Government neutrality better than secular

Michael Dearman.jpg
Dearman is a senior majoring in political science and philosophy.

 

For states’ rights advocates like Justice Clarence Thomas, the 50 states can establish a church if they choose. However, your average American (who, if they’re familiar with the First Amendment, probably aren’t average) probably does not think like Justice Thomas.

Debate about the extent of the Bill of Rights’ limitation on the power of the states was exceedingly contentious when the United States was just a young nation.

James Madison, George Mason and, to an extent, Thomas Jefferson fought for nearly 10 years in the Virginia General Assembly to pass the Virginia Act for Establishing Religious Freedom, which did away with the Anglican Church as the established church in Virginia.

I use this example to point out that the idea of church-state relations was neither a smooth nor settled issue, and it still isn’t today. The idea of doing away with (literally) an established church is rather different from issues we see today, such as those involving faith-based initiatives in the Executive Branch.

This leads one to ask, “What exactly is the Establishment Clause for?”

Is it to protect persecuted minorities from dangers of a despotic denomination? Is it to make certain that the secular has power over the sacred? Is it just another side of the freedom of religious expression?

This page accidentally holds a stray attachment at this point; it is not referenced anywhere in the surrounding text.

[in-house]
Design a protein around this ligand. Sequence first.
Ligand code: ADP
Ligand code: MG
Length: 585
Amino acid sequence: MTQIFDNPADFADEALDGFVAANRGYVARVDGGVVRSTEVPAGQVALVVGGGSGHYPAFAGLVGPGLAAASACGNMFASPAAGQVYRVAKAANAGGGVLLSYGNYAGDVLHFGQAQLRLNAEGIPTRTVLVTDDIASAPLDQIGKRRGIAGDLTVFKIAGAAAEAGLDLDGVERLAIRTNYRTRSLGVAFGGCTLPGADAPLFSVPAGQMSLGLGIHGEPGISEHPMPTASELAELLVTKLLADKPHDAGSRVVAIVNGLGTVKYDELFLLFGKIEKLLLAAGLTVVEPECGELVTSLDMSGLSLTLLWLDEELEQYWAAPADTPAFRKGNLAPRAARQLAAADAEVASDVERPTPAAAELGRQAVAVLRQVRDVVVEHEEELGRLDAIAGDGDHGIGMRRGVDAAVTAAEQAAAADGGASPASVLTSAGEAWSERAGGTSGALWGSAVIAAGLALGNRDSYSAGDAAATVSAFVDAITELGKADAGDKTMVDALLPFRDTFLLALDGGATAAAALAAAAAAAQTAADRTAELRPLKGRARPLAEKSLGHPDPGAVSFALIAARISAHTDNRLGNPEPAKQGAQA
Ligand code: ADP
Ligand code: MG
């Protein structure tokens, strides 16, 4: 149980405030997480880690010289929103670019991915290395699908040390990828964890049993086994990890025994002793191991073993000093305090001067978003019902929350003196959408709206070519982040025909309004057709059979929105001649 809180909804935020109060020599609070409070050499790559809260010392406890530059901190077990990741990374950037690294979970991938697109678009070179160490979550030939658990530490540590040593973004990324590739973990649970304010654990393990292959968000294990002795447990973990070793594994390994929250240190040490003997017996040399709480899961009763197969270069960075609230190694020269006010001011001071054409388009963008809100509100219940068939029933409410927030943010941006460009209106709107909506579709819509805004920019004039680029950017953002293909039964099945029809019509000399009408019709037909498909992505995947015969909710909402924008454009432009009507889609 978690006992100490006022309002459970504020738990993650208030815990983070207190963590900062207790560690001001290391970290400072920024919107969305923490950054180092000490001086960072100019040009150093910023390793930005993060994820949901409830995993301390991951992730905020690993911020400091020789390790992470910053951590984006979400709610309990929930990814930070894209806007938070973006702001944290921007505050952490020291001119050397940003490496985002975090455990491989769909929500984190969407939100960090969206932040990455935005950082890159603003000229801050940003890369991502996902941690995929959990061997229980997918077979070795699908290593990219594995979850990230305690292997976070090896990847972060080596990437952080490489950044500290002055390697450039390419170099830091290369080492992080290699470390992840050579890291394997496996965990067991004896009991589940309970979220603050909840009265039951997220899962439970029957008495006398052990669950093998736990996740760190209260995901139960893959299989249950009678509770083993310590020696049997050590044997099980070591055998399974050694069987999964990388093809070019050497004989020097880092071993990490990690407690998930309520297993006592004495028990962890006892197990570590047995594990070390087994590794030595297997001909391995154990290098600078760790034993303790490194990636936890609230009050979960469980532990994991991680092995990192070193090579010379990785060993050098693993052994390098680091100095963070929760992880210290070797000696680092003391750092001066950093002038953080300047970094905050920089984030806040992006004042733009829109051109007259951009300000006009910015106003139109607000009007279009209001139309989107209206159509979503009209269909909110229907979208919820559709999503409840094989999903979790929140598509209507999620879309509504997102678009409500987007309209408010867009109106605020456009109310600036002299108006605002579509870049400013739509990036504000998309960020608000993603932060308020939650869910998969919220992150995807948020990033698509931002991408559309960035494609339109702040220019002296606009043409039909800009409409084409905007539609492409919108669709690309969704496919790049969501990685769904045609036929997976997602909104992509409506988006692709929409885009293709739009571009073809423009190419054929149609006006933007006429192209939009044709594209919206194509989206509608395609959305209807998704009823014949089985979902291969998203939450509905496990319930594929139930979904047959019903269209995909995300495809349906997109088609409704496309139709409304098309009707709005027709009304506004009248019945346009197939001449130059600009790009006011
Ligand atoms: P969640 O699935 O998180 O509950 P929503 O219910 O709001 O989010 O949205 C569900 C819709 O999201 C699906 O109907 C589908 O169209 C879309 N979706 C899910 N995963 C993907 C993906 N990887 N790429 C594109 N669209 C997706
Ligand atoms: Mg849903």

The way in which we answer these questions will lead to very different ideas about how the State is to interact with religion.

In 2013, Gallup stated that 76 percent of Americans believe that religion is losing influence in America, and though the number is down significantly, 56 percent of Americans believe that religion can answer all or most of today’s problems. The same percentage of Americans said religion is “very important” in their lives, with 22 percent said it is “fairly important.”

Clearly, if the majority of Christians in the United States were interested in infringing upon the rights of religious minorities, they would.

This is, of course, to speak about religion at the national level, whereas in certain localities infringements on the rights of individuals to express their beliefs, whatever those beliefs are, may be challenged.

I question whether the idea of the secular is really neutral. If you had one group (secularists) push another group (the religious) out of the public political realm, is it really fitting to think of secular ideas as neutral or do they, in fact, constitute a diametrically opposed world view altogether? If this is true, then when the government sides with the secular over the religious or vice versa, then it violates, I think, the fundamental point of the Establishment Clause, which is neutrality and liberty.

Defending neutrality is important and encouraging discourse among diverse groups contributes to a culture focused on unity in spite of difference.

We should be skeptical of overt hostility toward any group or group interests, whether secular or religious, and questioning their motivation in the name of neutrality in a pluralist society.

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